After 9/11, politicians, pundits, and the Pentagon have tended to frame – and fit – every foreign conflict inside their nifty state-democracy versus Islamist-terror model. And, despite mountains of actual academic and scholarly expert research to the contrary, American policymakers somehow decided that the best way to fight terror was with state-terror – when, in fact, time and again it’s proven that force usually adds fuel to the fire.
Consider some stats – a security assistance report card of sorts. Since 2009, Washington has spent more than $69 million on Burkina Faso’s security forces, and in fact, more Burkinabe personnel (13,000+) were trained by American soldiers and contractors than in any other Sahelian state. So what did the American taxpayers get for their money? What was the haul for that hefty investment, you ask? Turns out, less than nada – unless you count a boatload of Burkinabe bodies, most of them innocents.
The number of reported attacks, fatalities, and displaced persons all reached record highs last year – and between 2018 and 2019 alone, conflict-related deaths increased more than seven-fold.
Plus, some good that 11 years-worth of U.S.-training – including classes in “human rights” – did the Burkinabe security forces, since they and the government-backed (and recently armed) ethnic militias have themselves killed half the civilians who’ve perished since the conflict kicked off. Moreover, the military officer who briefly seized power in a 2014 coup happened to attend two U.S.-sponsored counterterrorism training seminars. Well, that’s pretty standard – since no less than eight American-trained African military officers have turned coup-artist since AFRICOM opened for (the fiasco) business.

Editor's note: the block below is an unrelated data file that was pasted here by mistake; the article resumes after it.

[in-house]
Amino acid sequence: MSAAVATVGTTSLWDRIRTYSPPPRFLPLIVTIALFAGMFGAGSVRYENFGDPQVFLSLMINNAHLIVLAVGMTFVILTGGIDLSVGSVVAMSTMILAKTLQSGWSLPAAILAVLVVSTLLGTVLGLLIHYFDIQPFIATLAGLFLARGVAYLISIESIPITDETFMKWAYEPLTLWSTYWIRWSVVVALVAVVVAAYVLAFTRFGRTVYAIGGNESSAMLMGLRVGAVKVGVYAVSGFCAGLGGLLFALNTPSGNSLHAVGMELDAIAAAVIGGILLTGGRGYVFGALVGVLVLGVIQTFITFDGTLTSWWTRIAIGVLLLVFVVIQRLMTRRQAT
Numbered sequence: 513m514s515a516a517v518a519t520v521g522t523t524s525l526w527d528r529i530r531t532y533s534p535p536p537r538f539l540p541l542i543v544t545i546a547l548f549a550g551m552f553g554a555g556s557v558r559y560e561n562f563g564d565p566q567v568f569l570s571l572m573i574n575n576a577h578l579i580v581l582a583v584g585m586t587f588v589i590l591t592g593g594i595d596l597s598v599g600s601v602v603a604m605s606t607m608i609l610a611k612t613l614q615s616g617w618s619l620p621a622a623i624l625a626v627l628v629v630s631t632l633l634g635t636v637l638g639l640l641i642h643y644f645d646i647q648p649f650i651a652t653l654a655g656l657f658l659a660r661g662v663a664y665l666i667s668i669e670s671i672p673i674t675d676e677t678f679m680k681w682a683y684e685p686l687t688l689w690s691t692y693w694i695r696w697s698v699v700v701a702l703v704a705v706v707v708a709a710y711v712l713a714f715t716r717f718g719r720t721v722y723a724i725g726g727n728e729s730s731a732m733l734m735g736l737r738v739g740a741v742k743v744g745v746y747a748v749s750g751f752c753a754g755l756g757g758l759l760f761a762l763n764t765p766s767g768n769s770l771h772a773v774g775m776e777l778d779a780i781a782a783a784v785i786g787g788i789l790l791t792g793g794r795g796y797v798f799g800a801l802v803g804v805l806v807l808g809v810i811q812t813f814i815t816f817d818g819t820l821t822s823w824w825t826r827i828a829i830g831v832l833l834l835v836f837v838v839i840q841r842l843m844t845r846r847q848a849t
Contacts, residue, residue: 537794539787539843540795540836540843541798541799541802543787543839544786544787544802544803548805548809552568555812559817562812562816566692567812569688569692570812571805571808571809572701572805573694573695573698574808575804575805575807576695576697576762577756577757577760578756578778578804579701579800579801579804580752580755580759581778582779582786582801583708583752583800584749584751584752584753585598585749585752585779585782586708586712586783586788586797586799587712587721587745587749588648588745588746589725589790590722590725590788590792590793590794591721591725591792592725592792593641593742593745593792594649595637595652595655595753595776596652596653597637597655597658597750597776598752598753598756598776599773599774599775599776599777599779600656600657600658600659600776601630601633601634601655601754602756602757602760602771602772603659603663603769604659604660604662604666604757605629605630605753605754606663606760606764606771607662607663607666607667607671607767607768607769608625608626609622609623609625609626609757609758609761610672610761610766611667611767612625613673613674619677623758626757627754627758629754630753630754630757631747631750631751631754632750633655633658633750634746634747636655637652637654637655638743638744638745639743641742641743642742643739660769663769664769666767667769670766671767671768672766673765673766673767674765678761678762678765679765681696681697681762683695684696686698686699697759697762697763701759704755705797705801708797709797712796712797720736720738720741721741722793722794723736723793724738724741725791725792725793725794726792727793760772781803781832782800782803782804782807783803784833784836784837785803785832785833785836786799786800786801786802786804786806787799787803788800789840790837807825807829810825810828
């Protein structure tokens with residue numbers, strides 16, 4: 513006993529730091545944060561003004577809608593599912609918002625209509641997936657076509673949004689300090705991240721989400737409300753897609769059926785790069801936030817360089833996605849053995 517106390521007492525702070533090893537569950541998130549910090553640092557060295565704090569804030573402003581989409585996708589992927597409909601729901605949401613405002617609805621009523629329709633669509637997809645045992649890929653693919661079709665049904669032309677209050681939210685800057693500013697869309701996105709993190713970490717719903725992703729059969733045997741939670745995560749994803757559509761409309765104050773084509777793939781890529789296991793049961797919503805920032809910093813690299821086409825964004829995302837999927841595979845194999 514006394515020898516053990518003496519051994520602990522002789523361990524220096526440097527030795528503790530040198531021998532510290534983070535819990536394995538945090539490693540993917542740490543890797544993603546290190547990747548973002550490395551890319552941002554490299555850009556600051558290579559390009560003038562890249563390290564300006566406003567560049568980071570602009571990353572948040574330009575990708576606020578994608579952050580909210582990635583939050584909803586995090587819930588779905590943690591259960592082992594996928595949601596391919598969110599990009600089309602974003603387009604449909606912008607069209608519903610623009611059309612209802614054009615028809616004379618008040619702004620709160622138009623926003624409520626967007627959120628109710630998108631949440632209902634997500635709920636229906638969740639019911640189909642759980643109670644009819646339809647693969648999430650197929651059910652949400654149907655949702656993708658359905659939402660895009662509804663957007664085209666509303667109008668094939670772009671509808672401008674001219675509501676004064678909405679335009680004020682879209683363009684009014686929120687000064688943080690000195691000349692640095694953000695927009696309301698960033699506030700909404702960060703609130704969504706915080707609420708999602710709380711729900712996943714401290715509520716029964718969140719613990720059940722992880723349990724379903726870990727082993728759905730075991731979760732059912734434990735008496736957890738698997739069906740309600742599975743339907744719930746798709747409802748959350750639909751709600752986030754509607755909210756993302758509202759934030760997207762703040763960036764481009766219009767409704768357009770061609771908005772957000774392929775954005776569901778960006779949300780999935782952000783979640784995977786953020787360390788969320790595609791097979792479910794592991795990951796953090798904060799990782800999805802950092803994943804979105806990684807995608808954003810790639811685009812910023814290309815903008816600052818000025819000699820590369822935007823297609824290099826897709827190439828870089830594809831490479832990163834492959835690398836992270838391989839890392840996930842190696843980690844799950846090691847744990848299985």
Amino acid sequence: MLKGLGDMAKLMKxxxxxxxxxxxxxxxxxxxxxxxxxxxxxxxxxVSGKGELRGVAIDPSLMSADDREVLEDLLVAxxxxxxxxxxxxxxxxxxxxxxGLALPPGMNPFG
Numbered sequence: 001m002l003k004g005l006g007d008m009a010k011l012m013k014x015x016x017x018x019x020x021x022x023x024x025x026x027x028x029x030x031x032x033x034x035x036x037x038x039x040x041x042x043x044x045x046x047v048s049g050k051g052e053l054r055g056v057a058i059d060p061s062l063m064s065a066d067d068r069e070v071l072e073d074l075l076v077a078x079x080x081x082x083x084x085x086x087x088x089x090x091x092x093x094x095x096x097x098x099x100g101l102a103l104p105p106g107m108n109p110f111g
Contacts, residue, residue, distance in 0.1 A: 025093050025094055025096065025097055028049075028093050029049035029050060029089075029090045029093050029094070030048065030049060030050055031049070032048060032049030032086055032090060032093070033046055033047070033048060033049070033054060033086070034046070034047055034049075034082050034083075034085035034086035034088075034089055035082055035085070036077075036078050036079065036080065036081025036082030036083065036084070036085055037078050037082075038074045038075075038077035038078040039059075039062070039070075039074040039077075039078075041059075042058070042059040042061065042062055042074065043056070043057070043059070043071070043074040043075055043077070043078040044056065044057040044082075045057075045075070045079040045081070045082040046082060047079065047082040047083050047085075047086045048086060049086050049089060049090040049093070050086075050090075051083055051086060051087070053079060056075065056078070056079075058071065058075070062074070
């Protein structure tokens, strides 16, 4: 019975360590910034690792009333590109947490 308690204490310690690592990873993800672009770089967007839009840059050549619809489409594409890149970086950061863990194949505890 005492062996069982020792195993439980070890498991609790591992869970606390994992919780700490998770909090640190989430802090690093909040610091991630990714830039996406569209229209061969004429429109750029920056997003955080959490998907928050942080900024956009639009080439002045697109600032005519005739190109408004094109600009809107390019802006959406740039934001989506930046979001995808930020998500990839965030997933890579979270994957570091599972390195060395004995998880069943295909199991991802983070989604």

Crazier still, Burkinabe military and political elites essentially brag about all this extrajudicial killing. Simon Compaoré, the president of the ruling People’s Movement for Progress and a former interior minister, told an interviewer that:
“We’re not shouting this from the rooftops, but it’s what we do. If the jihadists kill five-to-10 soldiers, the morale in the army is going to be very low. We need to make sure their morale doesn’t get destroyed. If we discover there are spies, we need to neutralize them right away.”